The following additional facts are relevant to this claim. In opposing summary judgment, the plaintiff argued that the defendants had a ministerial duty to ensure that all children wore shin guards when playing soccer during physical education classes. In support of that argument, the plaintiff cited to the physical education guide, which included a section titled "Safety Guidelines." That section was in chart format, broken down by sport. Under each sport heading, there were five columns with the following subheadings: "equipment," "clothing/footwear," "facilities," "special rules/ instruction," and "supervision." For soccer, the following bullet points were listed under the subheading of clothing/footwear: "no metal or molded cleats"; "wear suitable footwear and clothing"; "wear shin guards for additional protection"; "wear sun protection"; and "no jewelry."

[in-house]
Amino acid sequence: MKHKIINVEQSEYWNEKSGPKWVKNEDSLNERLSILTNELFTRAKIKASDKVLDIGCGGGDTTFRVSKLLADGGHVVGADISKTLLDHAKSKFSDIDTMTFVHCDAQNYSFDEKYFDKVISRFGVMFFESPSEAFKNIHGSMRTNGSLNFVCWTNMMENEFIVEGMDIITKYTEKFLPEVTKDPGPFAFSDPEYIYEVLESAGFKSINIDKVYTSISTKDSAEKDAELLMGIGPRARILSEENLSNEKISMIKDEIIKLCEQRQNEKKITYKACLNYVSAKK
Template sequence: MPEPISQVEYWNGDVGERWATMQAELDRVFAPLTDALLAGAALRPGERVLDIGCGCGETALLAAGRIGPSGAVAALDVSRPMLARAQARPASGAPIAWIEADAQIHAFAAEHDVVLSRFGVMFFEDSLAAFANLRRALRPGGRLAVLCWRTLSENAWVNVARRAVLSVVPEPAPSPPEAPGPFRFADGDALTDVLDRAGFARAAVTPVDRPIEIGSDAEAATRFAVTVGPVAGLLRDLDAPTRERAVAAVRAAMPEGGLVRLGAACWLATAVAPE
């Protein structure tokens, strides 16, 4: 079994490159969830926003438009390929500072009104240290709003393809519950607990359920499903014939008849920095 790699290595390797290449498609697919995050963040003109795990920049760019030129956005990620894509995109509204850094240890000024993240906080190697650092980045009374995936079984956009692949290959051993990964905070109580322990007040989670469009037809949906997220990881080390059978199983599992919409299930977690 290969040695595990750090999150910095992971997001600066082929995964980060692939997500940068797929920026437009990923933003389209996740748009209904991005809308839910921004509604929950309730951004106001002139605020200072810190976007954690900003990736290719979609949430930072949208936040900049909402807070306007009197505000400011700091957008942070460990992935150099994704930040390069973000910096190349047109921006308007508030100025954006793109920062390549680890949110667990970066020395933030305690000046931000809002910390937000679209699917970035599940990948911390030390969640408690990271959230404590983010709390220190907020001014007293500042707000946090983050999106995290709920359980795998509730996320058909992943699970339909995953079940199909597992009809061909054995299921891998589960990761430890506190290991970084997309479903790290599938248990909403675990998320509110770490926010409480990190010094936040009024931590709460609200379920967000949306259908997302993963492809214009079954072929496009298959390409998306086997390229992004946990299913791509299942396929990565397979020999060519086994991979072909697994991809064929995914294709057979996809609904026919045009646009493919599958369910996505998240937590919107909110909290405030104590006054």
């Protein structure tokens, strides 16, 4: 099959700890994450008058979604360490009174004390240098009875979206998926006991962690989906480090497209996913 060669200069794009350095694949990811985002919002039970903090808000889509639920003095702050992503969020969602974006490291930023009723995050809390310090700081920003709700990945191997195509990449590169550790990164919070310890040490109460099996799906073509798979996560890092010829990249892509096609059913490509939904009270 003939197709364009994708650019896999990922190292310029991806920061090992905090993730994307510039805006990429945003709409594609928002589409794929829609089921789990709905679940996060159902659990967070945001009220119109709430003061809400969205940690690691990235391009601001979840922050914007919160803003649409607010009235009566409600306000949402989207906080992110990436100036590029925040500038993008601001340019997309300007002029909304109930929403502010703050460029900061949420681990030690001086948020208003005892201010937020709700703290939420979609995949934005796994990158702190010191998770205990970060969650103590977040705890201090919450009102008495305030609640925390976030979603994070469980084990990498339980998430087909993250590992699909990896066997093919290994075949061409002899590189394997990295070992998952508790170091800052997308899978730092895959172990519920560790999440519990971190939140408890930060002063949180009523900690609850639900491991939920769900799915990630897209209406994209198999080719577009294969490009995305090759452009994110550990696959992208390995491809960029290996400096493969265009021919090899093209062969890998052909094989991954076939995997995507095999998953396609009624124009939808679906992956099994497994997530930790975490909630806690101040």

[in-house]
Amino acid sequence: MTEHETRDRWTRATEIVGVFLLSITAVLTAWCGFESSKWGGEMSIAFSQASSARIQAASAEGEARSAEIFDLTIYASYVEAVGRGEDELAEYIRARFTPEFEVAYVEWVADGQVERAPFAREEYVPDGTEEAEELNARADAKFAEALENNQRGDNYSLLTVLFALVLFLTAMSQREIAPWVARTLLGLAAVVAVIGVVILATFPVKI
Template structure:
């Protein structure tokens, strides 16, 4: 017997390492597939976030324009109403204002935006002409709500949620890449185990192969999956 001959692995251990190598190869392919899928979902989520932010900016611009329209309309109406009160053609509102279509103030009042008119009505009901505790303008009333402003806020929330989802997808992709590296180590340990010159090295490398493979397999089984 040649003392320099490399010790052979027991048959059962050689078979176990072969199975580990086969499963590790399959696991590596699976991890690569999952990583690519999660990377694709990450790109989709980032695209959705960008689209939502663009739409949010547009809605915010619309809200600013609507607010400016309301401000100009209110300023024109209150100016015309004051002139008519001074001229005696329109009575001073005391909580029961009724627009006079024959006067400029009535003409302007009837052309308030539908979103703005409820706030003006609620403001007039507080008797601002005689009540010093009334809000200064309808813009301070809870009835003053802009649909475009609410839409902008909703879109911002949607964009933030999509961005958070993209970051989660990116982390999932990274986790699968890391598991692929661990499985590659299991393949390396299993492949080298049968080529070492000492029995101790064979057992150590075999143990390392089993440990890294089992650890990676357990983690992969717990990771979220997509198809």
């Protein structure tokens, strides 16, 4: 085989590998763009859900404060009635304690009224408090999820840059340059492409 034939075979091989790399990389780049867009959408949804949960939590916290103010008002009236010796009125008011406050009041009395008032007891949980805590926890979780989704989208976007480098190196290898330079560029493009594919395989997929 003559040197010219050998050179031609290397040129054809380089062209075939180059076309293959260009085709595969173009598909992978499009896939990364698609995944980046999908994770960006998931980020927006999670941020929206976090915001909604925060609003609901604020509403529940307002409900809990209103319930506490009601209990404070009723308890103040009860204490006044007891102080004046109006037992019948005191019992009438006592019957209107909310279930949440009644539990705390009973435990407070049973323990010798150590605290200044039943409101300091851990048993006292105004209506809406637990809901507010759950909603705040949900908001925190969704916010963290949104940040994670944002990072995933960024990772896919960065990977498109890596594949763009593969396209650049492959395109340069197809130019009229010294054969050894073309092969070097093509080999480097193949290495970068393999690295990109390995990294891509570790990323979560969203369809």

In Flanagan's affidavit, he averred that the use of shin guards was, as indicated in the safety guidelines, only for additional or extra protection, and was meant only as a suggestion to be exercised at the discretion of the individual teacher, not as an absolute requirement. Flanagan also explained that one of the reasons that shin guards were not mandatory equipment was because cleats were prohibited in gym class. He further indicated that there were no notes, records, or other information on file that would have alerted Delehanty that Benjamin needed the additional protection of shin guards. The plaintiff submitted no counteraffidavit or evidence, other than the physical education guide, to directly contradict Flanagan's explanation of the guide.